Saturday, December 09, 2006

25 Years Ago Scumbag Mumia Abu Jamal MURDERED a good Cop Danny Faulkner

Mumia Should be 6 foot under Rather than in a 6X6 Cell....

Today marks the 25th Anniversary of the Murder of a good cop by a scumbag. A benefit was held at GENO’S STEAKS in Philly wear all money raised goes to the JUSTICE FOR DANIEL FAULKNER SCHOLRSHIP FUND please give your support.


Mumia Abu-Jamal has stated that he spent his youth as an "apprentice in revolutionary journalism" for the Black Panthers. The Panthers were a radical group that, along with their legitimate "social work," advocated violence, kidnapping, drug dealing and murder, as appropriate methods of response to perceived government and police oppression. Jamal, who had no prior criminal record prior to the Faulkner shooting, eventually rose to the rank of "Lieutenant Minister of Information" for the Panther's Philadelphia Chapter. He left the Panthers in the early 1970s and began working for a string of local Philadelphia radio stations. In March of 1981, Jamal was fired from his part-time job as a reporter for Philadelphia's NPR (National Public Radio) affiliate station, WUHY-FM, (now WHYY) in Philadelphia.

NOTE: Along with millions of others, it appears that the Mumia propaganda machine duped us too. When we first went on line, based on the information we collected while researching this issue -- which included articles written by Jamal's supporters -- we stated, "Mumia Abu-Jamal was a longstanding critic of the Philadelphia Police Department." However, since our initial posting of this site we have been contacted by several credible sources, including Pulitzer Prize winning author Buzz Bissinger and various other reporters who worked for local Philadelphia newspapers in 1981. These individuals informed us that, while Mumia Abu-Jamal known in Philadelphia's inner city for his reports on social issues, he was not known as a critic of, or even a commentator on, the Philadelphia Police Department. In his Vanity Fair article "The Guilty and the Dead" (Which is posted at Buzz Bissinger states that William Marimow (who shared in a Pulitzer Prize for Public Service in 1978 for reporting on police abuses in Philadelphia, and who is now the managing editor of the Baltimore Sun) told him, "I was very attuned to everyone who wrote about Philadelphia police violence. This guy [Jamal] didn't register a blip on my radar screen." Several other prominent Philadelphia journalists who specialized in writing about police abuse echo Mr. Marimow's sentiments.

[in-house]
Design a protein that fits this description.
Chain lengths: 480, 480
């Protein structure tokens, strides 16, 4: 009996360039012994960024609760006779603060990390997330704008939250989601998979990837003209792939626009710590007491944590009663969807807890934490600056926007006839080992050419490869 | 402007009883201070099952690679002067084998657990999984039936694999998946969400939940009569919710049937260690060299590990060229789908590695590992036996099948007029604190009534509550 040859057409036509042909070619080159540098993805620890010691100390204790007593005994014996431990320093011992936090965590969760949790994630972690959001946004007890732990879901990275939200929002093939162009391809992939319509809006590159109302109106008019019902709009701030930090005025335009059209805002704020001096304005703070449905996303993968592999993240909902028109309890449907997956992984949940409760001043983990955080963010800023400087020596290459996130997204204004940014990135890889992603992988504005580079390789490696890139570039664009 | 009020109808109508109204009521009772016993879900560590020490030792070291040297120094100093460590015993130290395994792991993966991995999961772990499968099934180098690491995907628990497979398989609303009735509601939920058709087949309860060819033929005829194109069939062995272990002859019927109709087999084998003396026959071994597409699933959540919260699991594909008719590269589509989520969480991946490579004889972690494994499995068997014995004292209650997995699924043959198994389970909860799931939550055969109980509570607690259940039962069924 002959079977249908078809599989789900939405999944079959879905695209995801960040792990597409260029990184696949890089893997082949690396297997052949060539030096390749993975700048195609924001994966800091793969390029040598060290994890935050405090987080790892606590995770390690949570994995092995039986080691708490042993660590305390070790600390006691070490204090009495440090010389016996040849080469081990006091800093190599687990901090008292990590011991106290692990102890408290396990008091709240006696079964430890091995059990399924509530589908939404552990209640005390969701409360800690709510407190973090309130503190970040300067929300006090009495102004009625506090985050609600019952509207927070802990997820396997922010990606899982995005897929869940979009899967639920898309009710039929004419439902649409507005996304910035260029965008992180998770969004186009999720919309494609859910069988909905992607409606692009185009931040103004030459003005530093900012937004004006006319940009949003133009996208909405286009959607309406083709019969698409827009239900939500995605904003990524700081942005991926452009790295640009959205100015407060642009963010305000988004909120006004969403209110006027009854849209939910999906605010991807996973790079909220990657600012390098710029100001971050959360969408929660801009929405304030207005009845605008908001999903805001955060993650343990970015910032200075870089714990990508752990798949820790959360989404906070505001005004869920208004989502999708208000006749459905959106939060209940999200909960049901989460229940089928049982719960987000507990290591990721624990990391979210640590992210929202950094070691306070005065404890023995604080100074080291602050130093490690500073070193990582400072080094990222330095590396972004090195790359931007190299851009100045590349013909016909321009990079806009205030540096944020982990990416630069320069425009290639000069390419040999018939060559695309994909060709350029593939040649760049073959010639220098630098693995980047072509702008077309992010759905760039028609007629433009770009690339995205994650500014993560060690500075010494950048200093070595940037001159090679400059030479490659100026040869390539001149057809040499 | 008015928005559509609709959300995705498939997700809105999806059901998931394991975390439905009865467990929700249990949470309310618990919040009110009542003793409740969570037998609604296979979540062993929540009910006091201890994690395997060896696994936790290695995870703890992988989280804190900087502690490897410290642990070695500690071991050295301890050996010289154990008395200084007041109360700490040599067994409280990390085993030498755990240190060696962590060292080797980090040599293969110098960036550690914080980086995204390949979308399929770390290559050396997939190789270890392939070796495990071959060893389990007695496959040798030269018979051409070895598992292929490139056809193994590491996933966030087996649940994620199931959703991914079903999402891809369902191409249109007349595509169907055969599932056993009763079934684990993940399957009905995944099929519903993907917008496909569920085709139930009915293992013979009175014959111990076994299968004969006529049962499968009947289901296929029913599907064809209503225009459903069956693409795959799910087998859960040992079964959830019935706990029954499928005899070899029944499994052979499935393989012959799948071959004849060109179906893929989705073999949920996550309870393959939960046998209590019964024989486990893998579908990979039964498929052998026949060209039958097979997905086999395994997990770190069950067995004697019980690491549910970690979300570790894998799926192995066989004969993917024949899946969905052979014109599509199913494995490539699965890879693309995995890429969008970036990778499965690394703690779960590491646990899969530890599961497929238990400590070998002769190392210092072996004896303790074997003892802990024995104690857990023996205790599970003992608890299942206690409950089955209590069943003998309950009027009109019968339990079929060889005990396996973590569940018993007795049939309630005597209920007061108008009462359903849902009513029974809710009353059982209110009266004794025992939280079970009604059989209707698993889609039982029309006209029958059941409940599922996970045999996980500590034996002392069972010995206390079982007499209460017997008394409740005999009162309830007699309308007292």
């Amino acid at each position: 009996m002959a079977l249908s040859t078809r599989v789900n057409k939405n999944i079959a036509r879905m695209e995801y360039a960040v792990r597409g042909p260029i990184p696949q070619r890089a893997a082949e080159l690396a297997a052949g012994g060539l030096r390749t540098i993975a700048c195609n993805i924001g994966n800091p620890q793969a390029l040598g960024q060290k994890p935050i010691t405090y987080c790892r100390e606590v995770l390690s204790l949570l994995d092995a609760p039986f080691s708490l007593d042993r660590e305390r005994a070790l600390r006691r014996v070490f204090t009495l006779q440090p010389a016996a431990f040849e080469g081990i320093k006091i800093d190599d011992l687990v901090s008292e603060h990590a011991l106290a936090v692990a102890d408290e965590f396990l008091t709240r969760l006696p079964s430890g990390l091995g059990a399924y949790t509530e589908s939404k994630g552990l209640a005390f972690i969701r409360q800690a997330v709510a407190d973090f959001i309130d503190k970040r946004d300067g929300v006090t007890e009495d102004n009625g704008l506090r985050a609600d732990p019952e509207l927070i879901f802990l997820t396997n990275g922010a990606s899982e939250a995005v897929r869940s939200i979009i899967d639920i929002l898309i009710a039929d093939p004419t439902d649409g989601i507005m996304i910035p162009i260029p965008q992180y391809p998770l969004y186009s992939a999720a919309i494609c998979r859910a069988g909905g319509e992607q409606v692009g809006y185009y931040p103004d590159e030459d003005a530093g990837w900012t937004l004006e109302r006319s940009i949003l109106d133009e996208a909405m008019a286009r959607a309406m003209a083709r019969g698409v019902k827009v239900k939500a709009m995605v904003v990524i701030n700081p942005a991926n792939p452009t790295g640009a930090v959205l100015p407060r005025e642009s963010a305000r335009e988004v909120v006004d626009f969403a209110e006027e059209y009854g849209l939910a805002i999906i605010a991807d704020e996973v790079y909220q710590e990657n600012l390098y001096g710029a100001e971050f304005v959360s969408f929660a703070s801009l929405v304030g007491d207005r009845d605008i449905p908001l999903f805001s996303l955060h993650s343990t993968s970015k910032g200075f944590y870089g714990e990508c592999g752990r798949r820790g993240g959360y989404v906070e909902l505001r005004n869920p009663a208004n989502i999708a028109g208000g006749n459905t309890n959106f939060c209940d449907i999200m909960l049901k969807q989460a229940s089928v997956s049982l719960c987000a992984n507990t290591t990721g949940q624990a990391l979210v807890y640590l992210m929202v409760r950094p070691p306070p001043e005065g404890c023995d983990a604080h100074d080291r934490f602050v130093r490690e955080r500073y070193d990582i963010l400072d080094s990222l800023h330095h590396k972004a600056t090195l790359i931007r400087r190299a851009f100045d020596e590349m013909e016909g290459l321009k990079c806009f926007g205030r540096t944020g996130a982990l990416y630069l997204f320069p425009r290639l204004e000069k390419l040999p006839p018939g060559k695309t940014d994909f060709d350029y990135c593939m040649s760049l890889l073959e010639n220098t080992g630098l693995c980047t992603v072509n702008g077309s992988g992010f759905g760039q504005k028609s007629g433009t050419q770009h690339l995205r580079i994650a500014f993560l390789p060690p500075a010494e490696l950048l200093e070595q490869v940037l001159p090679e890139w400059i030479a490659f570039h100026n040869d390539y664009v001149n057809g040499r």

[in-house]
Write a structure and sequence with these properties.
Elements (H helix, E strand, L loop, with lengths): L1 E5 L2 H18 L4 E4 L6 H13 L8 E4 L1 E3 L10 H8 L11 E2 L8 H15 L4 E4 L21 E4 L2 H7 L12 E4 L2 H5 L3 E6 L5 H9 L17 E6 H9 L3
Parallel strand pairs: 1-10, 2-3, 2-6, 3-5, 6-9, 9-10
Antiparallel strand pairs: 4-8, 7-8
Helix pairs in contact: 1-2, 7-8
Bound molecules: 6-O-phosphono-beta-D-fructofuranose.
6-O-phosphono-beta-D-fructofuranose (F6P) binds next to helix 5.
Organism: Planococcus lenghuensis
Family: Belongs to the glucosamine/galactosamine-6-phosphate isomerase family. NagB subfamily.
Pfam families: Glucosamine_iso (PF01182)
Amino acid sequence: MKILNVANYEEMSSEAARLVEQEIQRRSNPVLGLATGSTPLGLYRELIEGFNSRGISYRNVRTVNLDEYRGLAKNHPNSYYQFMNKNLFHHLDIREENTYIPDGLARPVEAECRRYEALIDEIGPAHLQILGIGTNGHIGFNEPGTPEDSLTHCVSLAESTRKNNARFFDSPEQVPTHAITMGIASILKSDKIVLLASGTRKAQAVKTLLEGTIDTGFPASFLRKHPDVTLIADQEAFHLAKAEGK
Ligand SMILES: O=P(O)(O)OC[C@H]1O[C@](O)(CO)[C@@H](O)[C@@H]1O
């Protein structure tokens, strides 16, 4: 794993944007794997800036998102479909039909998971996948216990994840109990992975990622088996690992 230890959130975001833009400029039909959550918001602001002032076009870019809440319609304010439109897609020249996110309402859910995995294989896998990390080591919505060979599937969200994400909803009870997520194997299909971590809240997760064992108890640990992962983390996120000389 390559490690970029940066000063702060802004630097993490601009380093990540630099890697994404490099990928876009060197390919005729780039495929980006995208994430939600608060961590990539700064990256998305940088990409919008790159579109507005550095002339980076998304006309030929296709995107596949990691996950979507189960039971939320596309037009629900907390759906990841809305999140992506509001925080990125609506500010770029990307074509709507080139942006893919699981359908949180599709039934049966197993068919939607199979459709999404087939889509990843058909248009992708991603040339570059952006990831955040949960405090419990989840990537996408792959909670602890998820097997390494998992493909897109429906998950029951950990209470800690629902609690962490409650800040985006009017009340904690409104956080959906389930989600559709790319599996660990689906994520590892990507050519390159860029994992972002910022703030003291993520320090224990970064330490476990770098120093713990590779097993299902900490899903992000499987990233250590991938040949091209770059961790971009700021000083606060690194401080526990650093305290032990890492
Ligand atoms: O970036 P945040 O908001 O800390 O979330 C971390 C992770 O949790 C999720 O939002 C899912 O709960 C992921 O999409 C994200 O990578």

Jamal's supporters have always insisted that he was "targeted by police" because he was a constant nuisance to them and had "exposed" much of their alleged wrongdoing. But the reality seems to be that Jamal's supposed commentary on police issues in 1981 has nothing to do with his case, because he simply never made any such commentary. As confirmed by the statement made by one of Jamal's own attorneys - who admitted that the arresting officers likely had "no idea" who Jamal was on the morning of the killing -- this notion appears to be just another article of misinformation on the part of Jamal's adherents.

There is undoubtedly a link between Mumia Abu-Jamal and the violent anti-government, anti-police group known as MOVE. Headed by a man named John Africa, MOVE was headquartered in Philadelphia's Center City. Most of MOVE's members lived together in a single row home in Philadelphia's inner city area. For several years preceding the murder of Officer Faulkner, MOVE's members had been in constant conflict with their neighbors, as well as various Philadelphia City officials. According to comments made to local media by residents who lived adjacent to the MOVE home in 1978, Move's members were armed to the teeth and they would threaten any person who violated the rules MOVE had established to govern the neighborhood. MOVE allowed mountains of trash to pile up in front of their home attracting vermin to the neighborhood and throw buckets of human waste from their windows. Additionally, MOVE's members used a loudspeaker system to blast the militant rhetoric of John Africa from their windows around the clock.